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Upstate deploys 'game-changing' device in treatment of stroke symptoms

SYRACUSE, N.Y. -- Upstate University Hospital is the first hospital in the region use a new device that has shown dramatic improvements in the treatment of stroke patients.

The device, now only available Upstate University Hospital in Central New York, is for the treatment of ischemic stroke. Called the Solitaire FR Revascularization Device, it provides physicians with the ability to restore blood flow and retrieve clots in patients experiencing acute ischemic stroke.

“This is a game-changing device when it comes to treatment of stroke,” said Eric Deshiaes, MD a neurosurgeon at Upstate University Hospital, who performed the first clot retrieval procedure in the region with the Solitaire device in March. “There are fewer complications with this device as we are able to remove the blood clot much easier compared other devices and the outcomes we have seen in our patients with the Solitaire stent have been dramatic.”

Watch Dr. Deshaies explain how the device is used here.

A recent clinical study showed that patients treated with this device had higher rates of neurological function and reduced death from stroke three months after the procedure, compared to patients treated with an alternate device. The device recently was approved by the Food and Drug Administration.

To retrieve the blood clot, a neurosurgeon threads a catheter through the patient’s blood vessels to the blocked artery in the brain. A mesh stent, deployed through the catheter, grabs the clot, which is then removed from the artery, enabling blood flow to resume. The first procedure at Upstate took less than 20 minutes. Hours later the patient’s speech was normal and there was no paralysis.

Deshaies says it is important for families and patients to know that not all hospital stroke centers can provide similar procedures. To be a state-designated stroke center, hospitals must be able to deliver the clot-busting drug tPA (tissue plasminogen activator) within three hours of onset of symptoms, but if that time frame is not met or other health conditions make drug administration impossible, patients will need other treatments to keep from suffering a stroke’s paralyzing consequences.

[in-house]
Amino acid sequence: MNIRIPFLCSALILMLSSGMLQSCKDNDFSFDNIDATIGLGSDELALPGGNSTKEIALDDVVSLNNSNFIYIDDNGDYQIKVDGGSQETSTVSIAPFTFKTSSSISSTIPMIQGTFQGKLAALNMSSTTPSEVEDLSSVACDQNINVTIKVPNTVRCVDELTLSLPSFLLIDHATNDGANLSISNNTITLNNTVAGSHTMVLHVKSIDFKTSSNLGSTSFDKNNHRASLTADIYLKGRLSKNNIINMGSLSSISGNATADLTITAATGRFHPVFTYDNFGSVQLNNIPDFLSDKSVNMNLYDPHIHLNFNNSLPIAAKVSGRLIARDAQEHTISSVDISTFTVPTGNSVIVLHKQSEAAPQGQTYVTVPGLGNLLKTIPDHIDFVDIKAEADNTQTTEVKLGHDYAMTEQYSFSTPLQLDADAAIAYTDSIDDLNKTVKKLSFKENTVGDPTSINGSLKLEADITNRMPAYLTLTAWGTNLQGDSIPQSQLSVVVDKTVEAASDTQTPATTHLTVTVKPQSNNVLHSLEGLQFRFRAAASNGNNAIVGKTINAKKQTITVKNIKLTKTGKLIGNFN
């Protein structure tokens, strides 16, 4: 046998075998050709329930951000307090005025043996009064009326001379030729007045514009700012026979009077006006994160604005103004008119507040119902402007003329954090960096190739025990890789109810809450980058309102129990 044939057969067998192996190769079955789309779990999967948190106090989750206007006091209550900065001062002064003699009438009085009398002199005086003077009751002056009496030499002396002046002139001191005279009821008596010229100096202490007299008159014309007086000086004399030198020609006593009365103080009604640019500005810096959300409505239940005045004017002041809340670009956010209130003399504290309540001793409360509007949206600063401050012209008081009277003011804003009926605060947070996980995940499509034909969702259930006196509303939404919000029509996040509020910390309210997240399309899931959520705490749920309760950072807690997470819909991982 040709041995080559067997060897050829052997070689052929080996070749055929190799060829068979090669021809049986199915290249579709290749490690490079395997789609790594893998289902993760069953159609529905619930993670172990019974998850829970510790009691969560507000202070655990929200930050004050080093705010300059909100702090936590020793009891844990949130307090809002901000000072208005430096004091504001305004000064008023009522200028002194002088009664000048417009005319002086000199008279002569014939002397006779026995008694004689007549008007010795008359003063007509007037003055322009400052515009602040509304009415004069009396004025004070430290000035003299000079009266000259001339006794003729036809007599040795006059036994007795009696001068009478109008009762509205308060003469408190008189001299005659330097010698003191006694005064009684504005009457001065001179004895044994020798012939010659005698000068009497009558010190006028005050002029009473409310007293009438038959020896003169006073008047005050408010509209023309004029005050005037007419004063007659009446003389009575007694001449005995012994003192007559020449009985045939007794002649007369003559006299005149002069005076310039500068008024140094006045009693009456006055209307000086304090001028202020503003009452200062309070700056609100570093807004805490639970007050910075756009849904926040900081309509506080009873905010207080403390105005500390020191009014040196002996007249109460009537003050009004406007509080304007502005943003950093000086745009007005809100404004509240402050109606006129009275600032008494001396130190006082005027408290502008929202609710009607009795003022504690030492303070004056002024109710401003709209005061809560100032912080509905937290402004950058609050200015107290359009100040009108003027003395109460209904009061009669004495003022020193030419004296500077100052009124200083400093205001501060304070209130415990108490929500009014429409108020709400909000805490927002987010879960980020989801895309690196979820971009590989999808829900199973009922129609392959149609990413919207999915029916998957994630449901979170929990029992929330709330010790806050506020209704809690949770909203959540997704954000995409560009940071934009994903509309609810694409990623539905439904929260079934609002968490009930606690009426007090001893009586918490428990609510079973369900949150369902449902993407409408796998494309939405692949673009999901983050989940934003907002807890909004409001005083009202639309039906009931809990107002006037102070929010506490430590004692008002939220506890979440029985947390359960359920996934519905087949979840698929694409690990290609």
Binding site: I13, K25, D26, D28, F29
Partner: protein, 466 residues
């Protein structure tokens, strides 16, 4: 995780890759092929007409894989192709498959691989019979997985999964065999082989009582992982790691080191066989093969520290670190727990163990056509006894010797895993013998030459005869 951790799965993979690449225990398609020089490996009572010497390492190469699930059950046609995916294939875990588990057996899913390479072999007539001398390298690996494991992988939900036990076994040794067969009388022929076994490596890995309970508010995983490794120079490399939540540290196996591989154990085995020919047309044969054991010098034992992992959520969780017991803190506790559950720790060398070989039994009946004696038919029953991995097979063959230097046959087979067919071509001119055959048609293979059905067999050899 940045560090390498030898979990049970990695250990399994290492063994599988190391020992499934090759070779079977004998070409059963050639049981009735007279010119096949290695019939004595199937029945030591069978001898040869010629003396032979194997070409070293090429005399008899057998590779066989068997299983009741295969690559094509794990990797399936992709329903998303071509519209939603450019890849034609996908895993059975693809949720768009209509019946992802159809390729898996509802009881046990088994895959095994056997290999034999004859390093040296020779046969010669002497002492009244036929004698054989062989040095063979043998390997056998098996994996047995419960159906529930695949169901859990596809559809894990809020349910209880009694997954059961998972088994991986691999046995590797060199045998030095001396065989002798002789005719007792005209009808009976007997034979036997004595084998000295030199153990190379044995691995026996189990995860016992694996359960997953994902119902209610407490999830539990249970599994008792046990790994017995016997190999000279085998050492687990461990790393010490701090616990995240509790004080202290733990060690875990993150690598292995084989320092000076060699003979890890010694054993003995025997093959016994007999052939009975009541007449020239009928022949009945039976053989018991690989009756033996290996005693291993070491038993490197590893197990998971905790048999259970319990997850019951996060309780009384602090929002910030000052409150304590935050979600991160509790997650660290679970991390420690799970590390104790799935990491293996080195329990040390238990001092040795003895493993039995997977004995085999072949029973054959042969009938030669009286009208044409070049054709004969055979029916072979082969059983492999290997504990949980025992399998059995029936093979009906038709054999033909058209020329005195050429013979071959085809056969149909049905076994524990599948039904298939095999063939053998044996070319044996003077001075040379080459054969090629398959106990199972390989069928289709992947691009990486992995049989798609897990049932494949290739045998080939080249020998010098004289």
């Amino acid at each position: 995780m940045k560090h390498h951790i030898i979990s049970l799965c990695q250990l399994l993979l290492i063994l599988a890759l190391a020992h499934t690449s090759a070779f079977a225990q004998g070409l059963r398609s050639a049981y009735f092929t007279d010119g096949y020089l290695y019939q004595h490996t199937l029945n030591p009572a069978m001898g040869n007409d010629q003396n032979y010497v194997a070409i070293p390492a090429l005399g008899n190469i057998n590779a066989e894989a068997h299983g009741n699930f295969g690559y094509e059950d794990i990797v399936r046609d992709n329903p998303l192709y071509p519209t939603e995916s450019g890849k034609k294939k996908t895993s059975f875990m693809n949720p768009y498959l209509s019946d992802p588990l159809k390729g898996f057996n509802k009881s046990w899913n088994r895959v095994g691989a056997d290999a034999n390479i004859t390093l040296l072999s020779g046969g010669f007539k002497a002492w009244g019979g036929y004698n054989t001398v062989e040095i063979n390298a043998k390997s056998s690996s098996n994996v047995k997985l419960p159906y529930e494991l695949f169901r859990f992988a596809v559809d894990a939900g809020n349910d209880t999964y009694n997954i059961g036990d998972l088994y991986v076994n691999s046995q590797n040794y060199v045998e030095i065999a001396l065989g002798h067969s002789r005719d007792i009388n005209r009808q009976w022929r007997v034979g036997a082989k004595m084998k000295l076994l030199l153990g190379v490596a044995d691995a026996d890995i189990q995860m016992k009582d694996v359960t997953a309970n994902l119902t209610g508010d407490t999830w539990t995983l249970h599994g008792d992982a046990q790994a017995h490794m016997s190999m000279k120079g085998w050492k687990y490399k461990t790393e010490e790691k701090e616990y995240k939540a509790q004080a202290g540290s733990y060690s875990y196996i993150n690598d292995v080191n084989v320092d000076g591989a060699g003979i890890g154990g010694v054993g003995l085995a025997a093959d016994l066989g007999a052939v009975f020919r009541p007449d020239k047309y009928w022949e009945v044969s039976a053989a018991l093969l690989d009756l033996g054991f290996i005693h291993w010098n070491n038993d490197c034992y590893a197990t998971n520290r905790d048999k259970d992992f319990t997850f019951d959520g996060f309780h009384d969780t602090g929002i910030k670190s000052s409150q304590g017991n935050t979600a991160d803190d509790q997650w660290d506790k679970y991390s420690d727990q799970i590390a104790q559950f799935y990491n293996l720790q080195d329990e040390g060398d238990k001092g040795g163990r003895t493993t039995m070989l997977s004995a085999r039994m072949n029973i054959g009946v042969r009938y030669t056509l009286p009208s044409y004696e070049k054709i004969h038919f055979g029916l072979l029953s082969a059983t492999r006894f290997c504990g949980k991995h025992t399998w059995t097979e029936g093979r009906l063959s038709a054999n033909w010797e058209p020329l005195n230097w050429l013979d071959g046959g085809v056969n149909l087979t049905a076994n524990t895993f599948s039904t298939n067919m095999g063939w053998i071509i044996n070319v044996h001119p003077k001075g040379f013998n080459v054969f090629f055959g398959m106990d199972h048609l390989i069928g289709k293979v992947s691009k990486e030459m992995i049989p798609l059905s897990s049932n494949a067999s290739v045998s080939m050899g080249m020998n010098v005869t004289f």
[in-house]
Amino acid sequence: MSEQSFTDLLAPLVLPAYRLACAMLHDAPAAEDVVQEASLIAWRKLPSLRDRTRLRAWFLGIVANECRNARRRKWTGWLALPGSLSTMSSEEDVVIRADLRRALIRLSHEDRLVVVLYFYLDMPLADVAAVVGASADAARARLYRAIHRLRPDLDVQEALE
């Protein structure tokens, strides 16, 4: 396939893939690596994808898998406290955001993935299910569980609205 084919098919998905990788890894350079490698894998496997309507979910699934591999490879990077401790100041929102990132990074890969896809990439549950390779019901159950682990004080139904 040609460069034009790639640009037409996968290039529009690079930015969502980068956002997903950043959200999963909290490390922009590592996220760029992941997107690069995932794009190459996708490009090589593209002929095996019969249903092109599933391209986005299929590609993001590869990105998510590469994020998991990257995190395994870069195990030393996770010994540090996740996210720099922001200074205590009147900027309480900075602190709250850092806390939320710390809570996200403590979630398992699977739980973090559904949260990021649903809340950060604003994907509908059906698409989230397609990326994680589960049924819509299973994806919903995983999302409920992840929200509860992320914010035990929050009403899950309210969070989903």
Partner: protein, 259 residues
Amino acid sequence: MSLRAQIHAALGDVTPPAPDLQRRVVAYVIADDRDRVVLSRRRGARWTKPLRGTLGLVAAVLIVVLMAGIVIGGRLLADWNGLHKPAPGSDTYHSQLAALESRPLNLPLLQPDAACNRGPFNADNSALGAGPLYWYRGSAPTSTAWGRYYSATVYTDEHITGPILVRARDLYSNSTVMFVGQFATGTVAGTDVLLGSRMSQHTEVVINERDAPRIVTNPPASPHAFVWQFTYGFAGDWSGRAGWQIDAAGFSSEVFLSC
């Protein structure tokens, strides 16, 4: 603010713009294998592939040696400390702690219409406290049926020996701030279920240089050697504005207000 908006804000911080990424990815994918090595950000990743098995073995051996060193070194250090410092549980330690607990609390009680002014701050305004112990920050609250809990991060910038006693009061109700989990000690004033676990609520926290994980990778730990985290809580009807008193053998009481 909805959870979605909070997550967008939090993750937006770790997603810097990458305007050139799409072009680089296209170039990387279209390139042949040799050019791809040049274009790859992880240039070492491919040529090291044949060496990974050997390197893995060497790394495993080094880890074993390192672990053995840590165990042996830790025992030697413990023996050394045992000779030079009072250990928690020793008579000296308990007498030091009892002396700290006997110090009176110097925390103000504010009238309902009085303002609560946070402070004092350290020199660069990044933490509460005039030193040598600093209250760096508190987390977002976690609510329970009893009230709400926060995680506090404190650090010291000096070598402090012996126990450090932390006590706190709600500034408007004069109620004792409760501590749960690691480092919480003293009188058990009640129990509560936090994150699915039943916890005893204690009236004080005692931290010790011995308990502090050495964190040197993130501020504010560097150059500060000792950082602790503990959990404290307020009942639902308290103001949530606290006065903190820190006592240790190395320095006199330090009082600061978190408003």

Since 2004, Upstate has been the only hospital in the region able to perform brain clot retrieval and has the ability to give tPA clotbuster medication directly at the site of the clot in the brain. Upstate is the first hospital between Albany and Rochester to use the stent is the only hospital in Syracuse with the technology and specially trained physicians to perform these additional clot retrieval procedures.

Upstate was the first hospital in Syracuse to be recognized as a state-designated stroke center and is the first in New York to be certified as a primary stroke center by the DNV accrediting agency. The Upstate Stroke Center has received American Heart Association’s Get with the Gold Guidelines Gold Plus award for treatment excellence in 2012 and 2011, and is top-rated by Health Grades. For more information on the Upstate Stroke Center go to: www.upstate.ed/stroke.

Stroke is a disease that affects the arteries leading to and within the brain. Ischemic stroke occurs when a blood vessel that carries oxygen and nutrients to the brain is blocked by a clot.

According to the American Heart Association, stroke is the fourth leading cause of death in the U.S. and is a leading cause of long-term disability.

Deshaies urges everyone to know the warning signs of stroke so that you can take quick action and get to an appropriate stroke center. Stroke warning signs are:

Sudden numbness or weakness of the face, arm or leg, especially on one side of the body

Sudden confusion, trouble speaking or understanding

Sudden trouble seeing in one or both eyes

Sudden trouble walking, dizziness, loss of balance or coordination

Sudden, severe headache with no known cause

At the first sign of any of these symptoms, one should 9-1-1 immediately.